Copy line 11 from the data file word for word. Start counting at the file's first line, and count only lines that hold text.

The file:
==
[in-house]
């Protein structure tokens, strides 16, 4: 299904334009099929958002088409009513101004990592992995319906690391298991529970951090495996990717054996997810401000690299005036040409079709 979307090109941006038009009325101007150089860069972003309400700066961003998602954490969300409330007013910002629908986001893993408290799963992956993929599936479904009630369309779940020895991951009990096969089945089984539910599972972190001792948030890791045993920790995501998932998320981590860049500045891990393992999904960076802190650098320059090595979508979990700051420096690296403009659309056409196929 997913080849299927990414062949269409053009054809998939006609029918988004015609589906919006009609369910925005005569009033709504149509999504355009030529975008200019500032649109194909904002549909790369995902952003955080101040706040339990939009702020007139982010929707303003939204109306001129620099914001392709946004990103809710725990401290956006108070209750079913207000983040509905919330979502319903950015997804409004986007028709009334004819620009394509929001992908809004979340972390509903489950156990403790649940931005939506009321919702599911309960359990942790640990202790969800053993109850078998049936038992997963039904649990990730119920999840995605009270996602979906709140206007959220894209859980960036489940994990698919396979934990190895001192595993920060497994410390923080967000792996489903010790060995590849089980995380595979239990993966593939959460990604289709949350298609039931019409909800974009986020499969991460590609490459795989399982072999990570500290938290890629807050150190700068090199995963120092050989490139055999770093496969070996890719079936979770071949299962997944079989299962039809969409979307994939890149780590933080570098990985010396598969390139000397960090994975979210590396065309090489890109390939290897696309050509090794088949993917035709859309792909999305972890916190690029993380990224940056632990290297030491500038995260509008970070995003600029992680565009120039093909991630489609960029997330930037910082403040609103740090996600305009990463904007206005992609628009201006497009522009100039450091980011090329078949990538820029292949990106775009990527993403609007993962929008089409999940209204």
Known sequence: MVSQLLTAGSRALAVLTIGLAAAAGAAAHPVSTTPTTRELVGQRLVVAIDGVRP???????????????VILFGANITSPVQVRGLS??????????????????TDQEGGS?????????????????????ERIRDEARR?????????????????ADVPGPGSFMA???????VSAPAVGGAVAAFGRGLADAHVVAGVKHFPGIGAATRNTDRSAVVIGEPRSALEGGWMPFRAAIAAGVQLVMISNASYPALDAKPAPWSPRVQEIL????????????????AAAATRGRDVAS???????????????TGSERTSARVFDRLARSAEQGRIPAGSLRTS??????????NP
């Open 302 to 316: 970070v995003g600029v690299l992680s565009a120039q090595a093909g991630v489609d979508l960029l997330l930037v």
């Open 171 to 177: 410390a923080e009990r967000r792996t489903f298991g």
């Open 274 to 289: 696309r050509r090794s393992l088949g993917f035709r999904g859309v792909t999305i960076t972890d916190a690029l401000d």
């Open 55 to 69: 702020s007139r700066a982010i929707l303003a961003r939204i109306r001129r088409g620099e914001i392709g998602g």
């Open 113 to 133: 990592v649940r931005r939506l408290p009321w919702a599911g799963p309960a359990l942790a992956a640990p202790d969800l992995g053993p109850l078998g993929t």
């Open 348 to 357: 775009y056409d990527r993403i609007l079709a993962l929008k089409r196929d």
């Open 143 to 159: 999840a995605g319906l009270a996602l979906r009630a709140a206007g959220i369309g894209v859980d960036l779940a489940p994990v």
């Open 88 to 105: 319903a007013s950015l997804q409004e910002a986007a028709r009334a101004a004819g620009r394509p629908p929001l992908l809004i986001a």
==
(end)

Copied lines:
């Open 88 to 105: 319903a007013s950015l997804q409004e910002a986007a028709r009334a101004a004819g620009r394509p629908p929001l992908l809004i986001a």